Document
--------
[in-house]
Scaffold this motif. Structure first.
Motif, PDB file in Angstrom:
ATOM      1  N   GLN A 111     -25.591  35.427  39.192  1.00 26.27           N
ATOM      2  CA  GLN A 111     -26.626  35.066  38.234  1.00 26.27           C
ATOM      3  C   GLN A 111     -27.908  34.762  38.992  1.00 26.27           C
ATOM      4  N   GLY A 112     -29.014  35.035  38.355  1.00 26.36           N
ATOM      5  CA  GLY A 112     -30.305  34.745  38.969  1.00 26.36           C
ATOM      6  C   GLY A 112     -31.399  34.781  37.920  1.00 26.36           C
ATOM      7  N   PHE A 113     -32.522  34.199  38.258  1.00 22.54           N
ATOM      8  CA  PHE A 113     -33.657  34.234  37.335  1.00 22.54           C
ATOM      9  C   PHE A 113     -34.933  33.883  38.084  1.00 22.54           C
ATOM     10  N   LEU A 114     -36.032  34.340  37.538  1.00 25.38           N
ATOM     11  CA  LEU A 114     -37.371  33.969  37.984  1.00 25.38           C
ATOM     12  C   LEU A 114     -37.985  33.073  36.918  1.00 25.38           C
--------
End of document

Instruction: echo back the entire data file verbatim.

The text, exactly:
[in-house]
Scaffold this motif. Structure first.
Motif, PDB file in Angstrom:
ATOM      1  N   GLN A 111     -25.591  35.427  39.192  1.00 26.27           N
ATOM      2  CA  GLN A 111     -26.626  35.066  38.234  1.00 26.27           C
ATOM      3  C   GLN A 111     -27.908  34.762  38.992  1.00 26.27           C
ATOM      4  N   GLY A 112     -29.014  35.035  38.355  1.00 26.36           N
ATOM      5  CA  GLY A 112     -30.305  34.745  38.969  1.00 26.36           C
ATOM      6  C   GLY A 112     -31.399  34.781  37.920  1.00 26.36           C
ATOM      7  N   PHE A 113     -32.522  34.199  38.258  1.00 22.54           N
ATOM      8  CA  PHE A 113     -33.657  34.234  37.335  1.00 22.54           C
ATOM      9  C   PHE A 113     -34.933  33.883  38.084  1.00 22.54           C
ATOM     10  N   LEU A 114     -36.032  34.340  37.538  1.00 25.38           N
ATOM     11  CA  LEU A 114     -37.371  33.969  37.984  1.00 25.38           C
ATOM     12  C   LEU A 114     -37.985  33.073  36.918  1.00 25.38           C